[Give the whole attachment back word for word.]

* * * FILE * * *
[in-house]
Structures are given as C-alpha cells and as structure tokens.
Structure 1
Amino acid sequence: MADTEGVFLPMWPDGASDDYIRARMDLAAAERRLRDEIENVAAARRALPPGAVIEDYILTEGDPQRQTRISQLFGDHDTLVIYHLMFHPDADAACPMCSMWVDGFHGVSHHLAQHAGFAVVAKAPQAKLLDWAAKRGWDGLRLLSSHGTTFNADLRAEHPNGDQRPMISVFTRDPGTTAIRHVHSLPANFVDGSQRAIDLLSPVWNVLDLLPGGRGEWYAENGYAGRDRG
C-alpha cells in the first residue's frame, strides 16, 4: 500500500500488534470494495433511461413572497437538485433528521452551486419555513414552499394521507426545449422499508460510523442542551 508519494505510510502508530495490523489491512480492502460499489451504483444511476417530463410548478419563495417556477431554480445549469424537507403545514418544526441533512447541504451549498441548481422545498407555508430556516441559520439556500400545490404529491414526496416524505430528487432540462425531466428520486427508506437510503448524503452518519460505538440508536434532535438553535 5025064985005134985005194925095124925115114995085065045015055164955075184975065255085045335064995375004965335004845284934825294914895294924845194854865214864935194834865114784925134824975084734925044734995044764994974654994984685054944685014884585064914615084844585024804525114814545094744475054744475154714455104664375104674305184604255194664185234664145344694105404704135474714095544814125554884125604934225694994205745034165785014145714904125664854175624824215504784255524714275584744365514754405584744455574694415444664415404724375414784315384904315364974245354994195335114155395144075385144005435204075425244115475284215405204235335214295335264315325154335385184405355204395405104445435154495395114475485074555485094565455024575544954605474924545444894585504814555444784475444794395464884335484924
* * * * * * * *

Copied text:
[in-house]
Structures are given as C-alpha cells and as structure tokens.
Structure 1
Amino acid sequence: MADTEGVFLPMWPDGASDDYIRARMDLAAAERRLRDEIENVAAARRALPPGAVIEDYILTEGDPQRQTRISQLFGDHDTLVIYHLMFHPDADAACPMCSMWVDGFHGVSHHLAQHAGFAVVAKAPQAKLLDWAAKRGWDGLRLLSSHGTTFNADLRAEHPNGDQRPMISVFTRDPGTTAIRHVHSLPANFVDGSQRAIDLLSPVWNVLDLLPGGRGEWYAENGYAGRDRG
C-alpha cells in the first residue's frame, strides 16, 4: 500500500500488534470494495433511461413572497437538485433528521452551486419555513414552499394521507426545449422499508460510523442542551 508519494505510510502508530495490523489491512480492502460499489451504483444511476417530463410548478419563495417556477431554480445549469424537507403545514418544526441533512447541504451549498441548481422545498407555508430556516441559520439556500400545490404529491414526496416524505430528487432540462425531466428520486427508506437510503448524503452518519460505538440508536434532535438553535 5025064985005134985005194925095124925115114995085065045015055164955075184975065255085045335064995375004965335004845284934825294914895294924845194854865214864935194834865114784925134824975084734925044734995044764994974654994984685054944685014884585064914615084844585024804525114814545094744475054744475154714455104664375104674305184604255194664185234664145344694105404704135474714095544814125554884125604934225694994205745034165785014145714904125664854175624824215504784255524714275584744365514754405584744455574694415444664415404724375414784315384904315364974245354994195335114155395144075385144005435204075425244115475284215405204235335214295335264315325154335385184405355204395405104445435154495395114475485074555485094565455024575544954605474924545444894585504814555444784475444794395464884335484924